Her septuagenarian traveling companions quenched every flicker of pleasure Gill Banks anticipated during her trip to England. Then Simon, not quite a stranger but definitely an unknown element, challenged Gill to let her own heart lead the way. And she found that a close encounter with a crumpet can change a life forever.
You said it, Gill. It’s magic, maybe a sudden spell that vanishes at midnight or maybe one that can’t be broken. I don’t know. But I do know I looked at you two weeks ago, when you came on the coach, and I saw sunlight break through the clouds. I told myself somehow before this tour ended, I’d have at least one good conversation with you. I’d find out what made the gold lights in your eyes shine and how you look when you laugh. I’d almost given up hope when I saw you in the tea shop, unhappy as a wet kitten. Then I said your name and you smiled. I saw that sunlight part the clouds again. I grabbed the chance because I wasn’t about to let you slip away before I found out who Gill Banks is.”
HELP WANTED: WIFE
When rancher Cole Witherspoon, a practical man, decides his ranch needs a woman’s touch, and he needs a wife, he goes about filling the vacancy in a practical way. He places a help-wanted ad. He doesn’t suspect when Cherilyn Bixby answers the ad how many lessons in love he’ll be learning from the no-nonsense schoolteacher…and her big, red cat.
It’s mighty brave of you to come out here all by yourself.” Cole rocked back on his boots. “I know most women want courting and flowers and love and so forth. I do believe that if two people make up their minds to treat each other decent, pay their bills, and find a little fun along the way, that’s a pretty good framework for a marriage. Stands a better chance than the lovey-dovey nonsense shoveled out by the movies. Your letters, they sorta tell me you take a practical view of things, as well.” He gathered up her suitcases. “Let’s head on to the ranch.” He started to reach for the wired box.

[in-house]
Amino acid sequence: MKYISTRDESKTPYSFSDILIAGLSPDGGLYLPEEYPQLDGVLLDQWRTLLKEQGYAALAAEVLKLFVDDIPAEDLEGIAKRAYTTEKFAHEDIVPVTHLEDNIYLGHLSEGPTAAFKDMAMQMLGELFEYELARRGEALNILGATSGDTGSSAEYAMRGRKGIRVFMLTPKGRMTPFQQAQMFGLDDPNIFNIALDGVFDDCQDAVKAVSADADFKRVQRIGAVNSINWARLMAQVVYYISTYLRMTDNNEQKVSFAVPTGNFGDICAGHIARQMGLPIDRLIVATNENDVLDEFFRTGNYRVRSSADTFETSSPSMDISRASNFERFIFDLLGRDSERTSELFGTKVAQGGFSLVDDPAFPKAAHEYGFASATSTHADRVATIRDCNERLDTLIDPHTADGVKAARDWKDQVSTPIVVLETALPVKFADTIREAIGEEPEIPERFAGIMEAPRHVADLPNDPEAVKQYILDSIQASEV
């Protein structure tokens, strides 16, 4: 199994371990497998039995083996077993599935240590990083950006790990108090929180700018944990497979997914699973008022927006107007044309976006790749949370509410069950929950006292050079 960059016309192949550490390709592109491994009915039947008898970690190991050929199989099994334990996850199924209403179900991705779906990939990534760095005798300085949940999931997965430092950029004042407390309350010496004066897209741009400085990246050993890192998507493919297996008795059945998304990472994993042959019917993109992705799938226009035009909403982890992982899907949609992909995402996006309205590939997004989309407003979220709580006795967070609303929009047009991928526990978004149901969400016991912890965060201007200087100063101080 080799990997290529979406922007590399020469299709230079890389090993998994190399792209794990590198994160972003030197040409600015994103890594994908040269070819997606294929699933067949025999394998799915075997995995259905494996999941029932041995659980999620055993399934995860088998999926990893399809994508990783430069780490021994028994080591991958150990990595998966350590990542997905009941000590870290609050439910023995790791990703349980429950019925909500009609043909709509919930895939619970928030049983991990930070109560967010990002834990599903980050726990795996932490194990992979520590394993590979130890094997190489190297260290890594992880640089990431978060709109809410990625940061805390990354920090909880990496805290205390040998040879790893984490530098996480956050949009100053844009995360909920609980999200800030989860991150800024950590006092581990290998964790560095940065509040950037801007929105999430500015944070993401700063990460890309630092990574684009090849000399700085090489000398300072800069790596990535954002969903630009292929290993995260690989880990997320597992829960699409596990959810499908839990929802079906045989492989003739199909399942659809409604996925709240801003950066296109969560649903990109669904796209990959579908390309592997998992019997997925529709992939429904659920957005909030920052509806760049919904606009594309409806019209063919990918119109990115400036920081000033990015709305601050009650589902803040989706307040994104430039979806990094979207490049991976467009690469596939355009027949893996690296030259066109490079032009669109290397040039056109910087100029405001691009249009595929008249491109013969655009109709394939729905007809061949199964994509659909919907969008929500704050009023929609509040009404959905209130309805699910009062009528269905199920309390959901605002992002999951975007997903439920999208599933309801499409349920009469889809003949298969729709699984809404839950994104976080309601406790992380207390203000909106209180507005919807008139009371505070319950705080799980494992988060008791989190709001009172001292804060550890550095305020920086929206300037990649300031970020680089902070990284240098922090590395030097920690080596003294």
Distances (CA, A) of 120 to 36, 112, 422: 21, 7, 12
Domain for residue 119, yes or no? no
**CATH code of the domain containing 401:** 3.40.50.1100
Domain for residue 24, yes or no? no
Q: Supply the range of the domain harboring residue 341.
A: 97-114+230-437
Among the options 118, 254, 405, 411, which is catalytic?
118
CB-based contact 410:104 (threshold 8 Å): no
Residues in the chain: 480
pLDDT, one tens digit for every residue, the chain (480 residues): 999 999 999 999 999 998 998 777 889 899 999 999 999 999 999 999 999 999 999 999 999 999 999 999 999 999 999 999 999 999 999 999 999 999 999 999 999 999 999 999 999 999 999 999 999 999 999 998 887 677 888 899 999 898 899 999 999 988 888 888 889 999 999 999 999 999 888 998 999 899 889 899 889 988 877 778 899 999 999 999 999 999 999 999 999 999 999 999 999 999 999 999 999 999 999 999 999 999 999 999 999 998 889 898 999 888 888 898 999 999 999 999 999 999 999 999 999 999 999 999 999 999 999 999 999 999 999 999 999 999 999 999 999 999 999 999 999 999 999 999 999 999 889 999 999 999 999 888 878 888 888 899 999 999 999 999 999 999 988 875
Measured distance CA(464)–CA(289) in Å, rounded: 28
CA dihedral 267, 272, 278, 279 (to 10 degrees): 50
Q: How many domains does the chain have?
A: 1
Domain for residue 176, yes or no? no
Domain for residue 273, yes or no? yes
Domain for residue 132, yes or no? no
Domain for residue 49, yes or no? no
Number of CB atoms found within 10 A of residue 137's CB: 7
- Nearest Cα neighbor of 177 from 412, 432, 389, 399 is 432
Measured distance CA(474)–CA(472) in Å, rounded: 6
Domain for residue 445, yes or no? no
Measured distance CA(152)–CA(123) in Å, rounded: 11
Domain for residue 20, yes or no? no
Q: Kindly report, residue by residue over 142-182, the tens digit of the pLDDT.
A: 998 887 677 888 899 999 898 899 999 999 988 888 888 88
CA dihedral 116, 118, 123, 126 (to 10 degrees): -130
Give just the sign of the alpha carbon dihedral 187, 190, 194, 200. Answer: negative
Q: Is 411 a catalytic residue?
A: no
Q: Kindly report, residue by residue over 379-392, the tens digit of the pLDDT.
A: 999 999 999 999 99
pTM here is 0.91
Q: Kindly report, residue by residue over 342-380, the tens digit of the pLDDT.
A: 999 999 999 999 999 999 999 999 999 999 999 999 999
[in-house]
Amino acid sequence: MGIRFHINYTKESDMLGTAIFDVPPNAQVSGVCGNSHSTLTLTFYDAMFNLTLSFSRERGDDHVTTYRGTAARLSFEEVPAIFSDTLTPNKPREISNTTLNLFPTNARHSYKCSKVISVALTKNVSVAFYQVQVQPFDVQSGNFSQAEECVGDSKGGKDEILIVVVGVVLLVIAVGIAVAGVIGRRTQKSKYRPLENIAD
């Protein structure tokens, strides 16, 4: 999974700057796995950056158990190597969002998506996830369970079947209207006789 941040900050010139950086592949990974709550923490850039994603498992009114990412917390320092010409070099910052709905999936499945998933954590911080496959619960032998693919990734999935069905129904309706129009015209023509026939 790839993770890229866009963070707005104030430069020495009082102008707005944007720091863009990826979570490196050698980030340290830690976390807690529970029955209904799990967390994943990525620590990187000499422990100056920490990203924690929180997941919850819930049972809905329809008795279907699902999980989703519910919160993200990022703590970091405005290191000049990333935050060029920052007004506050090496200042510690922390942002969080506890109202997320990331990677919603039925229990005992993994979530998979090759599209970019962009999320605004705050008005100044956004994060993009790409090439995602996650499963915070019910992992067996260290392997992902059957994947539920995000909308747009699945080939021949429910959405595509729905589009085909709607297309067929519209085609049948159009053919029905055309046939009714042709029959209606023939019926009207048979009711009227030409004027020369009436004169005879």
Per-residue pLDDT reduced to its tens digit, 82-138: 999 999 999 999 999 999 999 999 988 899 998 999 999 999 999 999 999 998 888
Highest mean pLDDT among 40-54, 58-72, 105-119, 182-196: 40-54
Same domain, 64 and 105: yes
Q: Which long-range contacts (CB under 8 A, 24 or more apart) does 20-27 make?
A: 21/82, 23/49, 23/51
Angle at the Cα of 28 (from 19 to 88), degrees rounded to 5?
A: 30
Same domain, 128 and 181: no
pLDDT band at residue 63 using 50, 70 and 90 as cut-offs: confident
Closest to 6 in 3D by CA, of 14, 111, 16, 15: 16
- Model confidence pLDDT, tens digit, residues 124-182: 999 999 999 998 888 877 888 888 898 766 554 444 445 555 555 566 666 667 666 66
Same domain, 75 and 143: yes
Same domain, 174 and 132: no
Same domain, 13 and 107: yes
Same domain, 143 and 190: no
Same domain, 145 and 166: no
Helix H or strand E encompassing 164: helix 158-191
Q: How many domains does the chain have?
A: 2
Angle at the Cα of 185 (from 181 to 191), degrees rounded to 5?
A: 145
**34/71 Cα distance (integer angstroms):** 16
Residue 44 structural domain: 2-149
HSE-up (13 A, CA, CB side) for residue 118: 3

“I’ll take that one.”
“Funny looking case. What is it?”
“My cat.” Cherilyn lifted the case and turned toward the truck.
“Your CAT! Lord, woman, we’ve got barn cats at the ranch. You didn’t need to go and bring one.”
“This is Arabella, a pure-blooded Maine Coon cat and she’s no barn animal. She lives with me.”
“Cat? In the house? Never had a cat living in the house. Don’t think I’d want to. Better turn her loose in the barn with the rest of the mousers.”
“Now listen here, Cole Witherspoon, If it comes down to her being in the barn or me taking that next bus back, I guess I’ll just go back.”
Well, I have two pretty determined heroines heading out into new lives. To keep up with them, I’m going to have to branch out into a few new endeavors myself. How about you? Have some new challenges ahead? Hope they are as successful as Cherilyn and Gill found theirs.
Let’s get winter behind us and go look for wildflowers and romance, shall we?
A Writer’s Retreat
Enchanted Porch, Fredericksburg, Texas
Every now and then if a writer doesn’t run away, she will go insane. This was the idea, born out of a desperate need to escape the holiday hustle, endless stream of visitors, cleaning house, and trying to catch up on the thousand things at work left undone until after the holidays.
And run away is exactly what I did…to the most beautiful cottage in Fredericksburg. With three other writers, we absorbed the tranquility and reveled in the crisp fresh air, then we got busy on our projects. No phones, no endless football games, no somebody needing this or that, we were able to use our time to bounce ideas off each other and to create brilliant scenes or witty dialogue.